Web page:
2. Don’t Try to Appeal to Charge A Teenager’s Behavior with Speeches

Yes as a parent you are trying to teach and educate your teenager about how to act and treat others as adults so they can function in the world. However, remember your teenager thinks they know everything about today’s world and you are out of touch with today’s world. Therefore, if you try lecturing or speeches, they automatically tune you out and don’t listen to what you are saying. When everything is calm, you might try mentioning to them that you would like to talk with them. An informal conversation, especially with boys, tends to be more effective than a lecture.

3. Make Consequences Black and White

When you give a consequence, the simpler you keep things, the better. Again, you don’t want to get into legalese or long speeches. What you want to do is lay out your consequences for your teenager’s inappropriate behavior very clearly. It’s often helpful if he knows ahead of time what will happen when he acts out. Just like there are speeding signs on the highway, the consequences for your teenager’s behavior should be clear to him. Therefore, using a contract allows you to make it clear to your teenager if they make this choice then here is the consequence. Also by having them sign the contract, they cannot say they were not aware of the rules. Also it removes you as the bad guy. You are not imposing a punishment, you are simply complying with the contact that you made with your teenager. I often point out to teenagers that the contract is an insurance policy for them. If they make a mistake, their parents have to stick with the contract. Therefore, if their parents were really upset at the moment and wanted to remove their cellphone for ever, but the contract only states a week, their parents have to go with the week. This often helps with getting teenagers to accept the contract.

4. Have Problem-Solving Conversations

I think it’s vitally important to have problem-solving conversations with your teenager after an incident has occurred. Obviously, you want to wait until everyone is calm. When everyone has settled down then try a conversation about what they can do differently or help they can ask for if a similar situation occurs and this may help them avoid making a mistake and getting into trouble again in the future.

Conversations like these are how you get your teenager to think about alternative solutions to problems which can help them make better choices. Also reminding them that they can ask for help can be a tremendous help. Often teenagers think that they must solve all their problems on their own. Teenagers, especially boys, look at asking for help as a sign of weakness. It is helpful to remind them that no one has all the answers and at times the mature thing to do is to ask for help. Therefore, asking for help is not always a sign of weakness.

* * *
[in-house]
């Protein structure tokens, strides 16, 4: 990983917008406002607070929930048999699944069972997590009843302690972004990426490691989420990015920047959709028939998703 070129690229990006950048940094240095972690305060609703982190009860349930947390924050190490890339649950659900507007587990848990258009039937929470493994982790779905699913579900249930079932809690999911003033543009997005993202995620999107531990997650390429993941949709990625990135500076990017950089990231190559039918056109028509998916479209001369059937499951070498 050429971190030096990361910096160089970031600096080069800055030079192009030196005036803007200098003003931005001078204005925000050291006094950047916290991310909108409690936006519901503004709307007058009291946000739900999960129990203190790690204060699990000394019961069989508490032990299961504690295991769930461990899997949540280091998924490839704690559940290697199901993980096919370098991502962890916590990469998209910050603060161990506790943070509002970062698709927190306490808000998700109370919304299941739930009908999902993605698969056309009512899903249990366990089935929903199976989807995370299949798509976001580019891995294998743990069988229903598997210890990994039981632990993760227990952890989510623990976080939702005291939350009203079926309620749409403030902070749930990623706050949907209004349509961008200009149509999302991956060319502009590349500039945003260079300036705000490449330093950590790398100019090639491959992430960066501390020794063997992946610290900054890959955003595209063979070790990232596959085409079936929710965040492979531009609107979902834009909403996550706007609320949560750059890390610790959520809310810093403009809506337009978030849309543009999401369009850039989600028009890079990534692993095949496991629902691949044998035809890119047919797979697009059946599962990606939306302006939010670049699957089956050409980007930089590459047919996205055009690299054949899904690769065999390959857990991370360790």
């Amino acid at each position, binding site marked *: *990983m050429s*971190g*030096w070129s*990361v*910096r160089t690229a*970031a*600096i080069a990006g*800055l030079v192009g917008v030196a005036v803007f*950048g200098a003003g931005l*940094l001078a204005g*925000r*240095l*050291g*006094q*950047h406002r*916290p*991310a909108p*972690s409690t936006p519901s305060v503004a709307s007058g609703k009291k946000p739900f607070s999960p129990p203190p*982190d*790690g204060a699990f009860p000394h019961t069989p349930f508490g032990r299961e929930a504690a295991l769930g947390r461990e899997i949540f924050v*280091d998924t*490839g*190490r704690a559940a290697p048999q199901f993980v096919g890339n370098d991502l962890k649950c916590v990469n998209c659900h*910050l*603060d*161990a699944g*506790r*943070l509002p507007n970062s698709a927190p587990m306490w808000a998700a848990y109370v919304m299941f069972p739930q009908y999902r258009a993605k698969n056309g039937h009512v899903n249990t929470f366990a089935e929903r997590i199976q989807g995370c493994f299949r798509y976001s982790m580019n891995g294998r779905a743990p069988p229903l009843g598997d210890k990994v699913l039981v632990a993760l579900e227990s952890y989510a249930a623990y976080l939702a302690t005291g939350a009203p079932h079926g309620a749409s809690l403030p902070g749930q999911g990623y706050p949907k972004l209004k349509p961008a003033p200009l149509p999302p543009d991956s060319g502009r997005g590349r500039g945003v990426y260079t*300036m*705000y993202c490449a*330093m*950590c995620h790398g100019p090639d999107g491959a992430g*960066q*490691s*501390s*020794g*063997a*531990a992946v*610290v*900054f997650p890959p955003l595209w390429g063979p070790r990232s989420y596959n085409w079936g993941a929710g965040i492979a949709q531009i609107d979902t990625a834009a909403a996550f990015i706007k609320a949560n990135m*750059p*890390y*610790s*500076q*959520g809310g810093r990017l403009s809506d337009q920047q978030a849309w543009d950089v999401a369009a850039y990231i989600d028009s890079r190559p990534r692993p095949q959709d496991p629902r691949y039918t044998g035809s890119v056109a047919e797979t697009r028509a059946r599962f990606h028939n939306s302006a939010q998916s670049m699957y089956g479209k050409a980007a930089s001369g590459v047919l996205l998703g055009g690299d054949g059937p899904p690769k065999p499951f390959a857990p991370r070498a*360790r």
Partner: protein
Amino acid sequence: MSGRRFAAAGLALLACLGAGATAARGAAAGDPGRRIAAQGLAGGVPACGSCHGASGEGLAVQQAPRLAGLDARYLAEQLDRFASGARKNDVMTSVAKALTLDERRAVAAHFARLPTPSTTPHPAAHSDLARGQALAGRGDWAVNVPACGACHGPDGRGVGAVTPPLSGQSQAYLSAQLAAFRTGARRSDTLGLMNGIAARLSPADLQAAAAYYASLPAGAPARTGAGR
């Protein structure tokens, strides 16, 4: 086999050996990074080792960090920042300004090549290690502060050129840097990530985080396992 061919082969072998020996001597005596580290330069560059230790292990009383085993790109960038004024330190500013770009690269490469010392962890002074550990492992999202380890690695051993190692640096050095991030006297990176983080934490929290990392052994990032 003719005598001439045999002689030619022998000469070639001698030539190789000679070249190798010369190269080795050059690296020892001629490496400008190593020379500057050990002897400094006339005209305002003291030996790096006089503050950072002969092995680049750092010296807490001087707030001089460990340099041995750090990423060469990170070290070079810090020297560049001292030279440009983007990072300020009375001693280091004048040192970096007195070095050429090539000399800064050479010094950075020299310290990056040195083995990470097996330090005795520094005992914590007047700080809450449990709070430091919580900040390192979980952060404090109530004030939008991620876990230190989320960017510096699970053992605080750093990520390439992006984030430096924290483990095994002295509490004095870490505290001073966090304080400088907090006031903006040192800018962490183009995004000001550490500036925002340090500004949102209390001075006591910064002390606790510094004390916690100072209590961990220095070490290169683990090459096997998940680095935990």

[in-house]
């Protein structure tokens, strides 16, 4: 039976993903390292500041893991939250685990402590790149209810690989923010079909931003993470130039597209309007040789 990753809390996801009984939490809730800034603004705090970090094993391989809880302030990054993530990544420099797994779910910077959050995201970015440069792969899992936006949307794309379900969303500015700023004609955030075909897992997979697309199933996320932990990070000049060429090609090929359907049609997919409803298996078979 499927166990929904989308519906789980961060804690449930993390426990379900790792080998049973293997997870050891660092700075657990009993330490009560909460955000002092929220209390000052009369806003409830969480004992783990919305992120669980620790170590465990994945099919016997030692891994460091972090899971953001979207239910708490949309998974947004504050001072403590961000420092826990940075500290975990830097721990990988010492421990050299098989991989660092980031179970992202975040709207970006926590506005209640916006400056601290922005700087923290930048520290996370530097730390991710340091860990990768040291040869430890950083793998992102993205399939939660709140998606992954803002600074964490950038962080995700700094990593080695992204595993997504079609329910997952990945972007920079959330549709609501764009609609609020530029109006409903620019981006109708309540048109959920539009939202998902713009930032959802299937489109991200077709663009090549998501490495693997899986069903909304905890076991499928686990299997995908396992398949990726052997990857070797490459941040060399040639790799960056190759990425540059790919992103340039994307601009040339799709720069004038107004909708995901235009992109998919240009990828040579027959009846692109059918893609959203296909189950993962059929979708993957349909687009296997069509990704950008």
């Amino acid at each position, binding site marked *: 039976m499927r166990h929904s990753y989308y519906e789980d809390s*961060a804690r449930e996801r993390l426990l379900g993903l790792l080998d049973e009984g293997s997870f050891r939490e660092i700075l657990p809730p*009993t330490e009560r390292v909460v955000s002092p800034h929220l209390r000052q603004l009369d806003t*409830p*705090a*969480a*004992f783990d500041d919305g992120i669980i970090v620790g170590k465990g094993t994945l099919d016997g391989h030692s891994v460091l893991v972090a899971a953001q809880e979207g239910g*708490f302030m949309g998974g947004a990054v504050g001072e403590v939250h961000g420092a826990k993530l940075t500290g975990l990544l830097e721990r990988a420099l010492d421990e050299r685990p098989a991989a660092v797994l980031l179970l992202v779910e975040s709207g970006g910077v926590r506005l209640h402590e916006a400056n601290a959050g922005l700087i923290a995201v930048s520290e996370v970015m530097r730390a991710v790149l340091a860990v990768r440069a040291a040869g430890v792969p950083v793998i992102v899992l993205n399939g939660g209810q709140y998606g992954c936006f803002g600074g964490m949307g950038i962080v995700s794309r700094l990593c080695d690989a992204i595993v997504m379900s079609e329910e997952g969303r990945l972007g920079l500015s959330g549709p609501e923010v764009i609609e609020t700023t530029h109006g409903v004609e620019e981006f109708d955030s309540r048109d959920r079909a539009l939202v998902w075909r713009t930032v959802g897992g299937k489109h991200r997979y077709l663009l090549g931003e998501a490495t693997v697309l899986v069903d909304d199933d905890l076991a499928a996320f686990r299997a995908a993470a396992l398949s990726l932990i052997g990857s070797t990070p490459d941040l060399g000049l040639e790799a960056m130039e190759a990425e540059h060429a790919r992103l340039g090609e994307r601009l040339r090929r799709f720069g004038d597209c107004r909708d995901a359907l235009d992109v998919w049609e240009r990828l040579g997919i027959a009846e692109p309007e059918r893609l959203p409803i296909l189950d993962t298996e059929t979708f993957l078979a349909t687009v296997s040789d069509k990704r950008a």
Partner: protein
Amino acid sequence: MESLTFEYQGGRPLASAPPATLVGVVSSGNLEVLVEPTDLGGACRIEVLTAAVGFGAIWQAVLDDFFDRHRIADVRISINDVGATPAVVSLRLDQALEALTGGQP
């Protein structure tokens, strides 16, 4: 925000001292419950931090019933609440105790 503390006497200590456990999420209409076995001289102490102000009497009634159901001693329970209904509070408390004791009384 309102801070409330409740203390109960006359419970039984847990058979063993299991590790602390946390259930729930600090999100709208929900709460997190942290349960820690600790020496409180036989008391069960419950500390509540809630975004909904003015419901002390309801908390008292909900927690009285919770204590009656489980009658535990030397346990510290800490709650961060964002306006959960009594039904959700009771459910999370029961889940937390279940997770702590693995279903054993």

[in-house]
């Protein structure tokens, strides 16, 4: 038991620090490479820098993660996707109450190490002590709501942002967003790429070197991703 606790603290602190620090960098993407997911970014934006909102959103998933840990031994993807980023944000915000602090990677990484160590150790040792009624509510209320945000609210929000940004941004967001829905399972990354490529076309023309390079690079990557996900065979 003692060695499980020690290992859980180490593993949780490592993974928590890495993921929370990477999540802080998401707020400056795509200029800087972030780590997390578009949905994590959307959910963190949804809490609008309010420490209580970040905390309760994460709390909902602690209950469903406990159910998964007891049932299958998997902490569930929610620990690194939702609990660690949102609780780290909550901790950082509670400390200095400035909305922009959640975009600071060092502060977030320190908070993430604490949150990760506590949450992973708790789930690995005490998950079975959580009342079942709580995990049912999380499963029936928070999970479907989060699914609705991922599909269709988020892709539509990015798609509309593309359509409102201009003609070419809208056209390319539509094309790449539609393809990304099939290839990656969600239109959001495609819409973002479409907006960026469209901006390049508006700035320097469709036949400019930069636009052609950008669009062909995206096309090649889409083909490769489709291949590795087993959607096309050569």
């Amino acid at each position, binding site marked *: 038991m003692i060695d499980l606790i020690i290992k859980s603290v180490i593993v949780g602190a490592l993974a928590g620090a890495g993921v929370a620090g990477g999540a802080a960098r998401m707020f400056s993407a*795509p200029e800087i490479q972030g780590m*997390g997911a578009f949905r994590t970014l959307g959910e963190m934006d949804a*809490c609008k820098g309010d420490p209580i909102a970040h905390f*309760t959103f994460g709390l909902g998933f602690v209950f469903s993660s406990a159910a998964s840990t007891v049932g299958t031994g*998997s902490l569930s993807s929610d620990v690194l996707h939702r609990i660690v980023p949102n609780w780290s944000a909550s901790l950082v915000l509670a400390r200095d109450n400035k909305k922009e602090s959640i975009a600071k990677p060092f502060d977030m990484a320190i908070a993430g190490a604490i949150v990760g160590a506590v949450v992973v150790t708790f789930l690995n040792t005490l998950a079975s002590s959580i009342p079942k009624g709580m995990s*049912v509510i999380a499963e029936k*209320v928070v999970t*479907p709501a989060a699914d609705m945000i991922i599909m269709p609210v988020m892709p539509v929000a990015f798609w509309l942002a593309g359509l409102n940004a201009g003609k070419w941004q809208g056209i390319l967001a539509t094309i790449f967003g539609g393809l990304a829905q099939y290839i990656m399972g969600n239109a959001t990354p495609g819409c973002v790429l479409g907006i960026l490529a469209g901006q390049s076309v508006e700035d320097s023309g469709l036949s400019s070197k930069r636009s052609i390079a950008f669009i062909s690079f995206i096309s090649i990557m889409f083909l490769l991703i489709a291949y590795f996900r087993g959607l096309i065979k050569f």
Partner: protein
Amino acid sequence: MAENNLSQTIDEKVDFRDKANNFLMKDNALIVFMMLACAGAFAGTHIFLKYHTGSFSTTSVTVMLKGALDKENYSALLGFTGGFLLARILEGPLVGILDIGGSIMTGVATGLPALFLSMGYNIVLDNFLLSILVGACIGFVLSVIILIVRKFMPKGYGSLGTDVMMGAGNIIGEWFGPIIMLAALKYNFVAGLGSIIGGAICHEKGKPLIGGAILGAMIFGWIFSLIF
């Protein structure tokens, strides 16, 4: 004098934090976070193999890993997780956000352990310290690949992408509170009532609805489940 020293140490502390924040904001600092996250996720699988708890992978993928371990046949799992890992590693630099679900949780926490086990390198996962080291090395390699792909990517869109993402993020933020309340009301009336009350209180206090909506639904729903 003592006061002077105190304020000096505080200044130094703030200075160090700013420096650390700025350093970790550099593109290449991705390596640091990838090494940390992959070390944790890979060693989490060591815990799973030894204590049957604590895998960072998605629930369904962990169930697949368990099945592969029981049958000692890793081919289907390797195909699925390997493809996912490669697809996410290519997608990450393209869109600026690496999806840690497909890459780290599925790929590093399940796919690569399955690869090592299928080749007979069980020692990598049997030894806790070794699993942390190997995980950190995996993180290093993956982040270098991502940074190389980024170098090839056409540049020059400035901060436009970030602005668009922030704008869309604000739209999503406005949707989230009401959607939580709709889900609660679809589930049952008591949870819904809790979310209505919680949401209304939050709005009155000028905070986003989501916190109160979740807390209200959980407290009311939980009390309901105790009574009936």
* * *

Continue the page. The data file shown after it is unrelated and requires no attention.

5. Don’t Get Sucked into an Argument over Consequences

Don’t take the bait every time your teenager is trying to argue with you. Most teenagers verbal skills are not fully developed. However, most teenagers know if they can get you into an argument that the original topic will get lost and you end up arguing about something else. It’s not that teenagers have this planned out in their heads, but as I said their verbal skills are not fully developed. Therefore, they feel more comfortable in an argument because those skills are developed and they have some idea how to handle the situation. Therefore, if you are getting pulled into an argument call a time out and say you prefer to discuss the issue when you are both calm. This will surprise them and hopefully cause them to think about the situation.

6. Don’t Teach Your Child How to “Do Time”

Many parents get frustrated and ground their kids for long periods of time in order to make the punishment stick. Personally, I think that’s a mistake. If you simply ground your child, you’re teaching him nothing. But if you ground him until he accomplishes certain things, you can increase the effectiveness of the consequence. So if your teenager loses his video game privileges for 24 hours, he should be doing something within that time frame that helps him improve his behavior. Simply grounding him from his video games for a week will just teach him how to wait until he can get them back. He is not learning anything about the mistake he made and he is also learning nothing about how he could have handled the situation differently. Again, we want consequences to be learning experiences. A consequence that doesn’t fit the crime will just seem meaningless to your child, and won’t get you the desired result. Remember, you don’t want to be so punitive that your child simply gives up. That will never translate to better behavior.